History And The Imagination


The PBS version, no doubt because of the problems of condensation, suffers from structural difficulties. The survey covers both the arts projects of the Works Progress Administration and the photographic division of the Farm Security Administration. The organization is discursive, and no clear story line emerges until the programs get into political trouble and are finally shut down. The narration, delivered by Orson Welles, himself a veteran of the Federal Theater Project, is pretty good, though sometimes careless. Francis Biddie, for example, is described as “Roosevelt’s first Attorney General” when he was his fourth and last. And it does seem hard to spend an hour and a half on the WPA and never mention the name of Harry Hopkins.

Still, the combination of contemporaneous footage with testimony from survivors is once again effective. The New Deal for Artists vividly shows the way the federal projects stimulated a movement for the artistic repossession of the American scene. As the painter Aaron Bohrod puts it, “The American artist was finally looking at his own country for his subject matter“—a quest expressed in post office murals, in the WPA guidebooks, in the Theater Project’s Living Newspaper , and in the wonderful photographs taken by Walker Evans, Dorothea Lange, and others for the FSA. And if the film overstates somewhat the contribution of the projects to America’s artistic future, it quite properly emphasizes the abundance of talent enabled—by the government- to develop on its own lines during the Great Depression—from Ben Shahn and Jackson Pollock through Orson Welles and John Houseman to Ralph Ellison and Saul Bellow.

The arts projects fell victim in part to the regressive politics of the Dies Committee on Un-American Activities. But there were problems involved in the demise that the film only suggests. Congressional primitivism and bureaucratic timidity certainly hampered artists and writers; but some artists and writers were in fact engaged in political manipulations of their own. Bernarda Bryson-Shahn, Ben Shahn’s widow and a veteran herself of the Arts Project, has some realistic memories of the role of the Communist Party. Moreover, the massive re-employment engendered by the defense boom at the end of the thirties doomed the relief projects in any case. The New Deal for Artists could have been better still—probably is in the complete version—but it is already a good deal better than nothing.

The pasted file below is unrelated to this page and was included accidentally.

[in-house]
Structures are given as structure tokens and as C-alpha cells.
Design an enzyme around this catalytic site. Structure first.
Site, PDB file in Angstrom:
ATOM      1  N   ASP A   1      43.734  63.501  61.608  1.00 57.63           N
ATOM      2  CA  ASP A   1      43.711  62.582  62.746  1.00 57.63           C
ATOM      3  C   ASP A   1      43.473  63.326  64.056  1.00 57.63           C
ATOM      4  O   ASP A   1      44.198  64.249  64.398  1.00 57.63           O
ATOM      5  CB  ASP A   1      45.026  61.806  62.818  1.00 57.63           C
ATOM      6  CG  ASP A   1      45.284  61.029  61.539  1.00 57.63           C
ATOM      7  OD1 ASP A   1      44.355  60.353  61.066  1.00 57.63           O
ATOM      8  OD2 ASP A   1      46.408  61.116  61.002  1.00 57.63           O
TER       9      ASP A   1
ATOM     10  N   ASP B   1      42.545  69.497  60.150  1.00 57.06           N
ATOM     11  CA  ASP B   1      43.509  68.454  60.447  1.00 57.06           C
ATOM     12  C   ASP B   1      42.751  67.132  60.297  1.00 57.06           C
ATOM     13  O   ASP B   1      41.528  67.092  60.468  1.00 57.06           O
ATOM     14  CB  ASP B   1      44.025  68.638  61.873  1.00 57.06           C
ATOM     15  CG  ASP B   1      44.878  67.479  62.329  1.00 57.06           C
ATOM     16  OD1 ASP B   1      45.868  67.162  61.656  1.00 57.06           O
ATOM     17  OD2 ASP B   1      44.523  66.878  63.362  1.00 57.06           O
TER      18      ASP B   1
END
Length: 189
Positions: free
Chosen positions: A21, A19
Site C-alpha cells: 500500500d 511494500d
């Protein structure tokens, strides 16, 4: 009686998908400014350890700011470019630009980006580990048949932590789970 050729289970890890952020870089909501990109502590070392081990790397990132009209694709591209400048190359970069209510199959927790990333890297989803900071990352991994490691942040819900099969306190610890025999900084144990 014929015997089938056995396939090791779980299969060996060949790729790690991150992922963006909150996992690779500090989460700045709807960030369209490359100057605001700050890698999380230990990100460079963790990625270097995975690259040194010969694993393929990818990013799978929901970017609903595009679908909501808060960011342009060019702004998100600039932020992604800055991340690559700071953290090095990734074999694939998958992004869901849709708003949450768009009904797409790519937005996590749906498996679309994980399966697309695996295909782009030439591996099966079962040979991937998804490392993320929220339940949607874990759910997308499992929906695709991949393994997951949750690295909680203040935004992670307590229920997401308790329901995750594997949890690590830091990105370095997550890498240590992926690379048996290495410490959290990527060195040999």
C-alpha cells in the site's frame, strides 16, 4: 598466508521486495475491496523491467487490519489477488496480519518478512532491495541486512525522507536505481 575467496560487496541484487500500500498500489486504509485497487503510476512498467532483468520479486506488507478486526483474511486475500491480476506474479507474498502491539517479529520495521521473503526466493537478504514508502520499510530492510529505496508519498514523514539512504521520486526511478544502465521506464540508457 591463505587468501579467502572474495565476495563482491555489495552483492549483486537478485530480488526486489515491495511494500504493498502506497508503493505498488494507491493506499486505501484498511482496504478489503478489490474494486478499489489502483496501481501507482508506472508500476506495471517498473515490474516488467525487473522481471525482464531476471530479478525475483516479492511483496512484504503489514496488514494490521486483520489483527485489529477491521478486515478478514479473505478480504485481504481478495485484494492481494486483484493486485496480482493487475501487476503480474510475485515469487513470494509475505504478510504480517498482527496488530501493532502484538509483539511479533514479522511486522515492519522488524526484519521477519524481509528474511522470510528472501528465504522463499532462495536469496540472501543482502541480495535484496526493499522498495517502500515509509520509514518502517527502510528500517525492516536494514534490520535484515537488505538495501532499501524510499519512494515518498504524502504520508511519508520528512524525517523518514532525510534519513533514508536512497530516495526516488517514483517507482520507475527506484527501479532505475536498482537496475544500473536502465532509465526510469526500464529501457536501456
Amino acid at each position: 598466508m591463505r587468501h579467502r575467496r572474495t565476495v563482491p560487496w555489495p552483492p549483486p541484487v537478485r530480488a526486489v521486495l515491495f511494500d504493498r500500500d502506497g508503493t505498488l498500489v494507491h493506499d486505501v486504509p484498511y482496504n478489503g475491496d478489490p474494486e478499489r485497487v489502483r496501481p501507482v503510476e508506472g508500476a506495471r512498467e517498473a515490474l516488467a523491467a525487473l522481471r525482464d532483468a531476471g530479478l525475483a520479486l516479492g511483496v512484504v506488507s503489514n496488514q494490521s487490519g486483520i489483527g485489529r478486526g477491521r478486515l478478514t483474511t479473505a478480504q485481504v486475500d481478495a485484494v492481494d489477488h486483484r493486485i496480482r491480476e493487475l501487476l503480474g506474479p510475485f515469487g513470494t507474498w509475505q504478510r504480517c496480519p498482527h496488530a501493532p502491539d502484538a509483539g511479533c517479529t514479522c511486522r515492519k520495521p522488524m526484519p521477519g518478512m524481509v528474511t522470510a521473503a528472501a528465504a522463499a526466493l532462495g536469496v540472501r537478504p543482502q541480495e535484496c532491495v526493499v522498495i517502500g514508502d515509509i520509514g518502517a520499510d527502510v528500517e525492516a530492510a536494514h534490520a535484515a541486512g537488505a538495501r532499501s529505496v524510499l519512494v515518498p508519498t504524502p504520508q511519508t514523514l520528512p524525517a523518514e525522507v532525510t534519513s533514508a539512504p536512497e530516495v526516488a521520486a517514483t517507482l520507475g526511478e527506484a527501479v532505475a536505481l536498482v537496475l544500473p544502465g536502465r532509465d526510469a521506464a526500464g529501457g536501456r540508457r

It is not easy to make historical documentaries. The labor of research is intimidating—digging through archives, screening old newsreels, tracking down and interviewing survivors. Jon Else spent nearly four years on The Day After Trinity . Connie Field conducted seven hundred survey interviews and one hundred in-depth taped interviews for Rosie the Riveter . Wieland Schulz-Keil interviewed fiftyfive veterans of the arts programs. The historian is bound to wonder what happens to the interview material not used in the final cuts. (In these three cases an appropriate repository would be the Franklin D. Roosevelt Library at Hyde Park.) And the citizen is bound to wonder whether we can expect many more films like these in the future. Trinity and Rosie had limited theater release; The New Deal for Artists exists only on television. Americans cannot count on Germans to finance more films about American history. Both Trinity and Rosie received grants from the National Endowment for the Humanities; Trinity was, in addition, a beneficiary of the National Endowment for the Arts. Foundations and corporations also contributed in both cases. One wonders what will happen to projects like these in the age of Reagan.